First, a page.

Not every 'bid' gets the prize, you have to up the ante. As United Airlines has learned, the BUYER does not control the price in a seller's market. He pays it.

silverer's picture

The price rises until you get a seller. I think I'd let an ounce go for $11,340. But that's just me.

silverer's picture

You mean "when this happens".

chief's picture

i bought the dip today on seeing this article, where can i go to confess my sins and get a whipping?

natxlaw's picture

Nope, you gotta do better than that to get one of those.

Iconoclast421's picture

A trillion is chump change. The ECB alone could make up for that.

natxlaw's picture

Yep, they could do that with one laser printer.

GunnerySgtHartman's picture

Zimbabwe has 'em all beat with their $100 trillion bill.

silverer's picture

Turned out to be great investment. Shortly after the bills became worthless, you could pick them up for about $2.50 each on ebay. Now look what they get for them! Notice they are selling at that asking price! Dumb asses buy them, just like they buy US stocks! They are still worthless!

PhiBetaZappa's picture

Of course they are. It's all going into pork bellies.

Reggie Hamlin said so.

ToSoft4Truth's picture

Stock is going on sale and we are being told in advance? 

gregga777's picture

Why not?  The owners of the Goldman Sachs Feral Reserve System ordered chairtroll Janet Yellen to crash the asset markets and they have been selling for quite some time.  When asset prices crash they'll buy them back for pennies on the dollar from the suckers who are still piling into assets.  The motto of the Goldman Sachs Feral Reserve System is:


"We steal from those least able to afford it and give to those who least deserve it."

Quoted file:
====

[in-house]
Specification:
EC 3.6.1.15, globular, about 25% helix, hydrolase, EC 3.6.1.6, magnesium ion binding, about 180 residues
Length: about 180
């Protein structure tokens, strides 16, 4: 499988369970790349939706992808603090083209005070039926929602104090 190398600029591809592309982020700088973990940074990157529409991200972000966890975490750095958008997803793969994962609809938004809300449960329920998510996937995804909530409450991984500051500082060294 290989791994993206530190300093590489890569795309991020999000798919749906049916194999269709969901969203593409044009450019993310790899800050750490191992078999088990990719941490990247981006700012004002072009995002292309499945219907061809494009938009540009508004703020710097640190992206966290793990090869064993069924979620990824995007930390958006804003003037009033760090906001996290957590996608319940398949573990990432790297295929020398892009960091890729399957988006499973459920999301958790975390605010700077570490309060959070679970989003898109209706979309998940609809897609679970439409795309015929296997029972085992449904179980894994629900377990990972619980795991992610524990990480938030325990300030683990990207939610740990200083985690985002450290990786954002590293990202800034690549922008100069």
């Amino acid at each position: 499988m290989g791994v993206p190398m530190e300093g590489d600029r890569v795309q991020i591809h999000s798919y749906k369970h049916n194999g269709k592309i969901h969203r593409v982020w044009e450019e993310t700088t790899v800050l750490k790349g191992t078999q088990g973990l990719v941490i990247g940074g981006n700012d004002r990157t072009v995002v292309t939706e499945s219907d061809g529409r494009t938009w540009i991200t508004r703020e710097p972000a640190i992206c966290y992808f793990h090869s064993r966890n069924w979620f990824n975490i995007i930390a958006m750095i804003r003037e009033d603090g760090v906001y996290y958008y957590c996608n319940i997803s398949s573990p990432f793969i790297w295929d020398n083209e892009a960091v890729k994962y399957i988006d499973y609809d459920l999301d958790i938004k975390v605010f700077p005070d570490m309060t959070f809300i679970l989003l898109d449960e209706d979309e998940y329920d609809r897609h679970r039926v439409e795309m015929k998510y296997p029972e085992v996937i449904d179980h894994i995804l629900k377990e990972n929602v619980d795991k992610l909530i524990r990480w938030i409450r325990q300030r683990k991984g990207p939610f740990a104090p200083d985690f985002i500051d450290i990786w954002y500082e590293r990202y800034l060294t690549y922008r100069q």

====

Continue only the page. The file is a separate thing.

GunnerySgtHartman's picture

"We steal from those least able to afford it and give to those who least deserve it."

Cronyism's reply to Marxism's "From each according to his ability, to each according to his needs."

whatisthat's picture

I would observe the Federal Reserve will pickup or replace the shortfall of equity and market buyers.

withglee's picture

corporate pension funds, according to Bloomberg and Morgan Stanley, are growing a little weary of Yellen's equity bubble and may be looking to rotate capital into corporate bonds instead.

Now that would be brilliant. Interest rates (and the fake inflation numbers) have been rigged low for a long time. The governments everywhere have been counterfeiting money with abandon ... and that's pure, raw inflation. So they've been winding the spring for years now.

And now, as it looks like they can wind the spring no tighter without breaking it, it is the time to switch to bonds? ... which get clobbered when interest rates increase?

Are you kidding me?

Boris Badenov's picture

You KNOW I hate titles that are in question format! Are you trying to trick by not using a Question Mark!!!!

Ooops, I should say ?????    

Boris Badenov's picture

Anyway, I would answer the question by saying, "It depends on who is managing the stock portfolio". 

There are some people who say Never Sell, and some mutual fund managers who never raise cash levels other than to accomodate redemptions.